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Jim Newcomer, Ph.D.

You Have an Important Story to Tell

Editorial guidance and advice from first draft to publication-ready

Developmental & Line Editing – and Coaching

Support for writers.

   I work with beginners and veterans. All want to gain and hold  readers’ interest, present their material in the right order, make it understandable, and ensure that their story is moving, compelling, believable, funny, or persuasive – or all of these plus engaging.

   Oh, and did I mention complete, coherent, and significant?

   (I also work on shorter copy ranging from newsletters to academic reports to website copy.)

    If you want your writing to be worth reading and publishable, I invite you to work with me, a professional  who is supportive and critical at the same time, who encourages you, who asks questions till he fully understands your purpose, who demands your best writing, who knows how to cut unneeded words, who suggests aspects that may be missing, and who helps you find your true voice

    If you look at my Portfolio page, you’ll see that I have a range of interests and experience. In addition to memoirs, these are:

        • Non-fiction, focused on sustainability and environmental issues, politics, and history (My Ph.D. is in Political Science.)
        • Literary and Historical Fiction
        • Academic – Social Sciences (with experience editing texts by Chinese scholars in English)

   I also work in the fields of the practical –  newsletters that need editing, web copy that isn’t quite right – yet – and reports that you want to organize so that recipients can read and understand them easily. 

   You know what you want to say, but you just can’t or haven’t the time to organize your material and get the writing perfect. 

   You are also aware that the public does not give a rip that you were short of time.  I can help with that too.

As a bonus here are some Choice Quotations from Mary Karr’s great book, The Art of Memoir. She vividly illustrates the power of voice.


    “Asking me how to write a memoir is a little like saying, ‘I really want to have sex, where do I start?’ What one person fantasizes about would ruin the romance for another. It depends on how you’re constructed inside and out, hormone levels, psychology. Or it’s like saying, ‘I want a makeover, how should I look?’ A Goth girl’s not inclined to lime-green Fair Isle sweaters, and a preppy scorns black lipstick.”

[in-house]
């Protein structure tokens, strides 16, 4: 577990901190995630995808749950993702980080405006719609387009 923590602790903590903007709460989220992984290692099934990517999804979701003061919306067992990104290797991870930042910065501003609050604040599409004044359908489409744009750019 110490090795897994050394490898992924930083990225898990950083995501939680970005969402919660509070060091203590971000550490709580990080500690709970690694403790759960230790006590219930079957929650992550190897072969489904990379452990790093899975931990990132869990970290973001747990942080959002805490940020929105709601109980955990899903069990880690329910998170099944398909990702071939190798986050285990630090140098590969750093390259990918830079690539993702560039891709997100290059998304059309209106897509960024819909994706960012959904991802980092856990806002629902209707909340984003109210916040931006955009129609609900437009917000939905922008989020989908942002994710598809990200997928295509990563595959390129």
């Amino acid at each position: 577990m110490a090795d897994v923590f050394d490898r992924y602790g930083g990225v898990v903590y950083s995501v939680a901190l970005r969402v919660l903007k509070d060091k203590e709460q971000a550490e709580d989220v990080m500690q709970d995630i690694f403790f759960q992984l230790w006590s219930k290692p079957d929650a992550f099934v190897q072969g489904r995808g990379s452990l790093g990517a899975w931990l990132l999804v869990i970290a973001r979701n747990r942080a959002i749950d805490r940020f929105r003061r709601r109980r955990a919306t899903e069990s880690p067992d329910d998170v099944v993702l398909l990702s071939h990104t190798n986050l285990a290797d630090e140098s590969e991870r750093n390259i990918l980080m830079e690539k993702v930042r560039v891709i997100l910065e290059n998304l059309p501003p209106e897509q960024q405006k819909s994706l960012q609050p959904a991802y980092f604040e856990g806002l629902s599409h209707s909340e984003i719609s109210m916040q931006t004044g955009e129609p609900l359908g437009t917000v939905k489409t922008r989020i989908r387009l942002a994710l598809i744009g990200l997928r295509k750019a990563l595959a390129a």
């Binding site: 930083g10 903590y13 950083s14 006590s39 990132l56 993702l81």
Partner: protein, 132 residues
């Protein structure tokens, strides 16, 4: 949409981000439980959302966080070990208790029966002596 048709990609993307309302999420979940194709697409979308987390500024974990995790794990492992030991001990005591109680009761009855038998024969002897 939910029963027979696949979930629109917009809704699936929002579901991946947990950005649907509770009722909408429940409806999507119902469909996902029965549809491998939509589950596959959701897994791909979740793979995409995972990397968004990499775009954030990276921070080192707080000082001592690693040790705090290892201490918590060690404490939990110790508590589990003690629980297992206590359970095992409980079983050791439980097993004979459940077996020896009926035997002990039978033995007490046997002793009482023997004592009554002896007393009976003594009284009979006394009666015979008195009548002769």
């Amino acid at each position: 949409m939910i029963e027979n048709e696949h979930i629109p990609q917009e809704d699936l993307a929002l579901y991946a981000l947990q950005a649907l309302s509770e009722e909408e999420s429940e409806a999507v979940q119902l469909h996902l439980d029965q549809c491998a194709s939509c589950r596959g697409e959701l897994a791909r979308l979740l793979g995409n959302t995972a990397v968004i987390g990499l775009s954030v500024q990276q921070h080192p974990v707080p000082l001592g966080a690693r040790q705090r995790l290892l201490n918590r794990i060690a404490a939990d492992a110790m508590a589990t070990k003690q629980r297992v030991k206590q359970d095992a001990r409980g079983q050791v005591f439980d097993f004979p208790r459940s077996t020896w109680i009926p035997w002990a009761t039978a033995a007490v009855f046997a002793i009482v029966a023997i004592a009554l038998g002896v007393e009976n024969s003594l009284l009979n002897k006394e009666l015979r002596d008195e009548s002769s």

Here’s another, same book:


    “It’s harder [than telling stories in person] to translate lived experience onto a page. A story told poorly is life made small by words. The key details are missing, and the sentences might have been spoken by anybody. We need a special verbal device to unpack all that’s hidden in the writer’s heart so we can freshly relive it: a voice.


    “Unfortunately, nobody tells a writer how hard cobbling together a voice is. Look under ‘voice’ in a writing textbook, and they talk about things that seem mechanical – tone, diction, syntax. . . . For me psyche equals voice, so your own psyche – how you think and see and wonder and scudge and suffer – also determines such factors as pacing and what you write about when. Since all such literary decisions for a memoirist are offshoots of character, I often find that any bafflement I face on the page about these factors is instantly answered once I find the right voice.”



What Writers I Have Worked With Say:

Linda Viviane, author of No More Daughters (still in progress)
   "I began writing my novel, which spans 5 generations, over 10 years ago. I did my own editing, going back over what I’d written often, making slow forward progress. I didn’t show it to even close friends, for fear of harsh criticism. At last, I realized that to finish it I needed a skilled editor. On a friend’s recommendation, I contacted Jim Newcomer with the hope he’d not only help me see my book to completion but be gentle with my still-forming creation. I have been working with Jim for a year and am now completing my book’s last section. Jim has advanced my writing every day with encouragement, direction, and terrific editing suggestions. He understands the story I am telling and why it is important for me to tell it. I recommend without hesitation Jim Newcomer, an excellent editor, knowledgeable resource, and sincere advocate for a writer in any genre."
Rabbi Rob Abramovitz, author of A Rabbi's View of the Gospels